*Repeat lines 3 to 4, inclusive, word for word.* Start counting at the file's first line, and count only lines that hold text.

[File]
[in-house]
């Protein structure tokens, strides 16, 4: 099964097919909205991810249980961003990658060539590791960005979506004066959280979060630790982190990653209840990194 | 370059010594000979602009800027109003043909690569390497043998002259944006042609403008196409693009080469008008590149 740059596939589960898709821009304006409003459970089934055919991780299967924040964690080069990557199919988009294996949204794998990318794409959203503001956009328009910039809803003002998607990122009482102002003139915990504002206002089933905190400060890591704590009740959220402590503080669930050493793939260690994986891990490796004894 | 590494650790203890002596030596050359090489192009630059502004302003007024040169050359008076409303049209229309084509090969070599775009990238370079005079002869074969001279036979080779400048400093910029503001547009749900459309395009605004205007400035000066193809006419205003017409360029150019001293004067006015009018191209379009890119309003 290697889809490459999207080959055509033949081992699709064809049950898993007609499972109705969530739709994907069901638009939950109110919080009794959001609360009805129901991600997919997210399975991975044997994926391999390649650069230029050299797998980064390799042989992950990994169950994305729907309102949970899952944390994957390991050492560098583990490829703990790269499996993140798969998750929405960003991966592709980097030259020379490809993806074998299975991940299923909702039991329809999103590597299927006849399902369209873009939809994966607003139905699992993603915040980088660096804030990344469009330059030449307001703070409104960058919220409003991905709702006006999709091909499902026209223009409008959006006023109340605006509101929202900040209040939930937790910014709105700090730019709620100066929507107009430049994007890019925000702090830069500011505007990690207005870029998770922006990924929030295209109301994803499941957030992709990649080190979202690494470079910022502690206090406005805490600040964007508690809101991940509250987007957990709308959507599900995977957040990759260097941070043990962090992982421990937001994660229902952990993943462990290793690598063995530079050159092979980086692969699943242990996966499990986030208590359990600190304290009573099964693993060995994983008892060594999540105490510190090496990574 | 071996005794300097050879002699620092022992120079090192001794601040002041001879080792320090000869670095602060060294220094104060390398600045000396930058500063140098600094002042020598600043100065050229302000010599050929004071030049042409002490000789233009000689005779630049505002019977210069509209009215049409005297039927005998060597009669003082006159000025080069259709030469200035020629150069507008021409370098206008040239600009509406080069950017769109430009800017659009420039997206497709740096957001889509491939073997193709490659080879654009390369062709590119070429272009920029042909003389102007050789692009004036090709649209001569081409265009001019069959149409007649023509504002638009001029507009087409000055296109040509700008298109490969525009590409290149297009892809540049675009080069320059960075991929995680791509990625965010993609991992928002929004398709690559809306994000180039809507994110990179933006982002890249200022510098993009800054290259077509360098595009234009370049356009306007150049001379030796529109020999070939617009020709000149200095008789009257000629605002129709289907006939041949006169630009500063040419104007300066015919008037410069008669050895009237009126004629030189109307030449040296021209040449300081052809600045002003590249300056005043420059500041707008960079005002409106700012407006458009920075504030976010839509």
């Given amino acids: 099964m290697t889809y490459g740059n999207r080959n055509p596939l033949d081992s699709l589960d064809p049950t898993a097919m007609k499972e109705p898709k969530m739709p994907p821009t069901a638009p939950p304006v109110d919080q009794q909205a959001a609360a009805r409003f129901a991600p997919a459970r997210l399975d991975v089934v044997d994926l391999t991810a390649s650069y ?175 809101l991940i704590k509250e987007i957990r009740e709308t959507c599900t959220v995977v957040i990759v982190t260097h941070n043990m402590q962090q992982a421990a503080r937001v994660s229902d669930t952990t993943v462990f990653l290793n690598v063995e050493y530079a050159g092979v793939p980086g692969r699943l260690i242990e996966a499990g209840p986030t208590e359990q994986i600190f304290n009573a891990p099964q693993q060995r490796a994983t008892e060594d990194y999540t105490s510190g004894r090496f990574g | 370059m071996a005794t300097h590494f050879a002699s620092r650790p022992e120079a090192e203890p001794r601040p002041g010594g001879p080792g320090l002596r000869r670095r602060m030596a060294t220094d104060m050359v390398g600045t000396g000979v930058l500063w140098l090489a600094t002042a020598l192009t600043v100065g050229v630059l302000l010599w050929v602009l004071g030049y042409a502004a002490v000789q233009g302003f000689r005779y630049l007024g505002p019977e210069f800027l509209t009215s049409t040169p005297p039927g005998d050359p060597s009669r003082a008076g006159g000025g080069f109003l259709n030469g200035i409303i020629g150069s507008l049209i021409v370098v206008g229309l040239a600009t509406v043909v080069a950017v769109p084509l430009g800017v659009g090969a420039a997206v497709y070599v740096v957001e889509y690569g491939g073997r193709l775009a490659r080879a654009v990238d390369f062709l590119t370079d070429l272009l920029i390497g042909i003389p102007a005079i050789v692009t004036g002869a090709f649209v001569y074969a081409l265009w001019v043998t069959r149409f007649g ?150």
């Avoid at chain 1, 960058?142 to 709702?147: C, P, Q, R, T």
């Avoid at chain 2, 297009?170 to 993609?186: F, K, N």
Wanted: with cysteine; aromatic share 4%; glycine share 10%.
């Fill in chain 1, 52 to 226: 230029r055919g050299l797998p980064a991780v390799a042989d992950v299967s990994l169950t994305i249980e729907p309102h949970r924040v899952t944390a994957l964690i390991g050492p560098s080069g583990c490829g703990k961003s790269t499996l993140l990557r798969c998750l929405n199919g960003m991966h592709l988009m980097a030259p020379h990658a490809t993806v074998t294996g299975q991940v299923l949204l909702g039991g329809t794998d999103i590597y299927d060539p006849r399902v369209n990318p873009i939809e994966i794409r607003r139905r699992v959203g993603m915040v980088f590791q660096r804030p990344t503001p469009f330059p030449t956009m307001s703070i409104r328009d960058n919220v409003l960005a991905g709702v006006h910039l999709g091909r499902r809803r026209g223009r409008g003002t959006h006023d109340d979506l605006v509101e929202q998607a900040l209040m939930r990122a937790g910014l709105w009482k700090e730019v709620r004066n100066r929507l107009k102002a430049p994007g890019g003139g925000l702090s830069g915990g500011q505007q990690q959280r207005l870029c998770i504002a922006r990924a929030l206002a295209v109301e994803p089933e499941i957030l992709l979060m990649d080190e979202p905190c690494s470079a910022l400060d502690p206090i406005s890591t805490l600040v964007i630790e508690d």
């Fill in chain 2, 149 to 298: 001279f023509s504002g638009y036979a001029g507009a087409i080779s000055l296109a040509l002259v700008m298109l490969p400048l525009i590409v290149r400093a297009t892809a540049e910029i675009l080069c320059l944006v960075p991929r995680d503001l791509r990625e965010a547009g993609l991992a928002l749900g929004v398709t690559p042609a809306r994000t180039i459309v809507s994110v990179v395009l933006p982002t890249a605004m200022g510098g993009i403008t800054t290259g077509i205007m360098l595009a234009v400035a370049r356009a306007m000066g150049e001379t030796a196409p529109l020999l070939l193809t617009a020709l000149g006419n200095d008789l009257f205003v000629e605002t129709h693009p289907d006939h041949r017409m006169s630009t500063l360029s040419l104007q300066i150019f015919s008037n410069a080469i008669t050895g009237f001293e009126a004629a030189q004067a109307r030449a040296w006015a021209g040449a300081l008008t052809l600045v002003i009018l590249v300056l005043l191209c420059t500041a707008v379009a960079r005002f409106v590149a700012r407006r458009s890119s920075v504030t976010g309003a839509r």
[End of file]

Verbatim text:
């Given amino acids: 099964m290697t889809y490459g740059n999207r080959n055509p596939l033949d081992s699709l589960d064809p049950t898993a097919m007609k499972e109705p898709k969530m739709p994907p821009t069901a638009p939950p304006v109110d919080q009794q909205a959001a609360a009805r409003f129901a991600p997919a459970r997210l399975d991975v089934v044997d994926l391999t991810a390649s650069y ?175 809101l991940i704590k509250e987007i957990r009740e709308t959507c599900t959220v995977v957040i990759v982190t260097h941070n043990m402590q962090q992982a421990a503080r937001v994660s229902d669930t952990t993943v462990f990653l290793n690598v063995e050493y530079a050159g092979v793939p980086g692969r699943l260690i242990e996966a499990g209840p986030t208590e359990q994986i600190f304290n009573a891990p099964q693993q060995r490796a994983t008892e060594d990194y999540t105490s510190g004894r090496f990574g | 370059m071996a005794t300097h590494f050879a002699s620092r650790p022992e120079a090192e203890p001794r601040p002041g010594g001879p080792g320090l002596r000869r670095r602060m030596a060294t220094d104060m050359v390398g600045t000396g000979v930058l500063w140098l090489a600094t002042a020598l192009t600043v100065g050229v630059l302000l010599w050929v602009l004071g030049y042409a502004a002490v000789q233009g302003f000689r005779y630049l007024g505002p019977e210069f800027l509209t009215s049409t040169p005297p039927g005998d050359p060597s009669r003082a008076g006159g000025g080069f109003l259709n030469g200035i409303i020629g150069s507008l049209i021409v370098v206008g229309l040239a600009t509406v043909v080069a950017v769109p084509l430009g800017v659009g090969a420039a997206v497709y070599v740096v957001e889509y690569g491939g073997r193709l775009a490659r080879a654009v990238d390369f062709l590119t370079d070429l272009l920029i390497g042909i003389p102007a005079i050789v692009t004036g002869a090709f649209v001569y074969a081409l265009w001019v043998t069959r149409f007649g ?150």
């Avoid at chain 1, 960058?142 to 709702?147: C, P, Q, R, T």